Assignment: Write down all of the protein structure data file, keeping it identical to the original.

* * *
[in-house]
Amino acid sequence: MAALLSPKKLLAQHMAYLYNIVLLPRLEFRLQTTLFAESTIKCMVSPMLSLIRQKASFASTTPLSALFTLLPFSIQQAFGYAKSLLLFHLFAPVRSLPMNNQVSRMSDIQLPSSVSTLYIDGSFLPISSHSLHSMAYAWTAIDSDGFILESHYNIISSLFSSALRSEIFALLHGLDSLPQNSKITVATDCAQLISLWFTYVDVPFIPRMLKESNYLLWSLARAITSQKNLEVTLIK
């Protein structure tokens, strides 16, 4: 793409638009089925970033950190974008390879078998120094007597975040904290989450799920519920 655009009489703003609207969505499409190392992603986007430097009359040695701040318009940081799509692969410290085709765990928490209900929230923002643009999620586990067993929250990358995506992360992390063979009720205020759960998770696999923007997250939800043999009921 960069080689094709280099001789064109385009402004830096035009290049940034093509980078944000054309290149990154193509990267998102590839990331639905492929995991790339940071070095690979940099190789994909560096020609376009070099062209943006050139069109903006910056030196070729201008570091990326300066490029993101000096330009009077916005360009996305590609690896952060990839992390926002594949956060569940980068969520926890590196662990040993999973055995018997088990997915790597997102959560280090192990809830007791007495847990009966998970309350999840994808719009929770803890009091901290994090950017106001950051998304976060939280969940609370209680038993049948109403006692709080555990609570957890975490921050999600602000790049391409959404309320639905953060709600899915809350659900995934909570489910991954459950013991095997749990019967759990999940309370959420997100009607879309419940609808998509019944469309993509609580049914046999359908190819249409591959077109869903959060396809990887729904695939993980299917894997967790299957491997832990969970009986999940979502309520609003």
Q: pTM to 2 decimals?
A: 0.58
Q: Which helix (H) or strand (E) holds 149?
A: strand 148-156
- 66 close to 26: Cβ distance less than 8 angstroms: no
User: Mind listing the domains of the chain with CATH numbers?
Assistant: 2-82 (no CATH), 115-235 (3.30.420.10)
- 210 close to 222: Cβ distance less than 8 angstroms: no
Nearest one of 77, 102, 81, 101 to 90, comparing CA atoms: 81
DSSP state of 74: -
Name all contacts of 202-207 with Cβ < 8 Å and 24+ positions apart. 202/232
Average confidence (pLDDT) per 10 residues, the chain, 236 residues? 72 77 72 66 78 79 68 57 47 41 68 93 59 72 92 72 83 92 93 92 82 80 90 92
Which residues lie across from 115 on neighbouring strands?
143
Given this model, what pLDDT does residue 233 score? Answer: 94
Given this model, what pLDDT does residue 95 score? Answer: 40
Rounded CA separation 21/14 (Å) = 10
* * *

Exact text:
[in-house]
Amino acid sequence: MAALLSPKKLLAQHMAYLYNIVLLPRLEFRLQTTLFAESTIKCMVSPMLSLIRQKASFASTTPLSALFTLLPFSIQQAFGYAKSLLLFHLFAPVRSLPMNNQVSRMSDIQLPSSVSTLYIDGSFLPISSHSLHSMAYAWTAIDSDGFILESHYNIISSLFSSALRSEIFALLHGLDSLPQNSKITVATDCAQLISLWFTYVDVPFIPRMLKESNYLLWSLARAITSQKNLEVTLIK
């Protein structure tokens, strides 16, 4: 793409638009089925970033950190974008390879078998120094007597975040904290989450799920519920 655009009489703003609207969505499409190392992603986007430097009359040695701040318009940081799509692969410290085709765990928490209900929230923002643009999620586990067993929250990358995506992360992390063979009720205020759960998770696999923007997250939800043999009921 960069080689094709280099001789064109385009402004830096035009290049940034093509980078944000054309290149990154193509990267998102590839990331639905492929995991790339940071070095690979940099190789994909560096020609376009070099062209943006050139069109903006910056030196070729201008570091990326300066490029993101000096330009009077916005360009996305590609690896952060990839992390926002594949956060569940980068969520926890590196662990040993999973055995018997088990997915790597997102959560280090192990809830007791007495847990009966998970309350999840994808719009929770803890009091901290994090950017106001950051998304976060939280969940609370209680038993049948109403006692709080555990609570957890975490921050999600602000790049391409959404309320639905953060709600899915809350659900995934909570489910991954459950013991095997749990019967759990999940309370959420997100009607879309419940609808998509019944469309993509609580049914046999359908190819249409591959077109869903959060396809990887729904695939993980299917894997967790299957491997832990969970009986999940979502309520609003």
Q: pTM to 2 decimals?
A: 0.58
Q: Which helix (H) or strand (E) holds 149?
A: strand 148-156
- 66 close to 26: Cβ distance less than 8 angstroms: no
User: Mind listing the domains of the chain with CATH numbers?
Assistant: 2-82 (no CATH), 115-235 (3.30.420.10)
- 210 close to 222: Cβ distance less than 8 angstroms: no
Nearest one of 77, 102, 81, 101 to 90, comparing CA atoms: 81
DSSP state of 74: -
Name all contacts of 202-207 with Cβ < 8 Å and 24+ positions apart. 202/232
Average confidence (pLDDT) per 10 residues, the chain, 236 residues? 72 77 72 66 78 79 68 57 47 41 68 93 59 72 92 72 83 92 93 92 82 80 90 92
Which residues lie across from 115 on neighbouring strands?
143
Given this model, what pLDDT does residue 233 score? Answer: 94
Given this model, what pLDDT does residue 95 score? Answer: 40
Rounded CA separation 21/14 (Å) = 10